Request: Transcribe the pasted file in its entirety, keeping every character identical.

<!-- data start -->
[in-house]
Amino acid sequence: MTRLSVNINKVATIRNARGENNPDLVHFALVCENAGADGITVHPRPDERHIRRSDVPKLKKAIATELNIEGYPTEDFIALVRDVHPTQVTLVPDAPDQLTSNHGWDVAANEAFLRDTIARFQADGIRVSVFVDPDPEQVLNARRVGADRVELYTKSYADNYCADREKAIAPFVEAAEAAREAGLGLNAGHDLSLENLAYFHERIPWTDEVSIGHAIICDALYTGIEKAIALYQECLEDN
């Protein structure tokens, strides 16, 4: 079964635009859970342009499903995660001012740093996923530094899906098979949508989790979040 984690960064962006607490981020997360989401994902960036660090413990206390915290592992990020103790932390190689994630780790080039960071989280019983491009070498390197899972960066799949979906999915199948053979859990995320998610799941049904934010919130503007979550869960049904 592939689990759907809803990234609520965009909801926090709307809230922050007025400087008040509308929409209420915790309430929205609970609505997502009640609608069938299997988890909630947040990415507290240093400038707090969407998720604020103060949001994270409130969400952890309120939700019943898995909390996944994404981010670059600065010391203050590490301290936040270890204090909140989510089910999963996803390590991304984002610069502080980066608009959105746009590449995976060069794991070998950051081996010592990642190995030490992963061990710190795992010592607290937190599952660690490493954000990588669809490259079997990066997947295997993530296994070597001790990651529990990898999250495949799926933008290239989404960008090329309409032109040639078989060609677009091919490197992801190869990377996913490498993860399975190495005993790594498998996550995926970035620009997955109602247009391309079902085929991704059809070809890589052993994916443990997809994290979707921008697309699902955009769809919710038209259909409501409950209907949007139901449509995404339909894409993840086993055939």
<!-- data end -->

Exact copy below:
[in-house]
Amino acid sequence: MTRLSVNINKVATIRNARGENNPDLVHFALVCENAGADGITVHPRPDERHIRRSDVPKLKKAIATELNIEGYPTEDFIALVRDVHPTQVTLVPDAPDQLTSNHGWDVAANEAFLRDTIARFQADGIRVSVFVDPDPEQVLNARRVGADRVELYTKSYADNYCADREKAIAPFVEAAEAAREAGLGLNAGHDLSLENLAYFHERIPWTDEVSIGHAIICDALYTGIEKAIALYQECLEDN
């Protein structure tokens, strides 16, 4: 079964635009859970342009499903995660001012740093996923530094899906098979949508989790979040 984690960064962006607490981020997360989401994902960036660090413990206390915290592992990020103790932390190689994630780790080039960071989280019983491009070498390197899972960066799949979906999915199948053979859990995320998610799941049904934010919130503007979550869960049904 592939689990759907809803990234609520965009909801926090709307809230922050007025400087008040509308929409209420915790309430929205609970609505997502009640609608069938299997988890909630947040990415507290240093400038707090969407998720604020103060949001994270409130969400952890309120939700019943898995909390996944994404981010670059600065010391203050590490301290936040270890204090909140989510089910999963996803390590991304984002610069502080980066608009959105746009590449995976060069794991070998950051081996010592990642190995030490992963061990710190795992010592607290937190599952660690490493954000990588669809490259079997990066997947295997993530296994070597001790990651529990990898999250495949799926933008290239989404960008090329309409032109040639078989060609677009091919490197992801190869990377996913490498993860399975190495005993790594498998996550995926970035620009997955109602247009391309079902085929991704059809070809890589052993994916443990997809994290979707921008697309699902955009769809919710038209259909409501409950209907949007139901449509995404339909894409993840086993055939």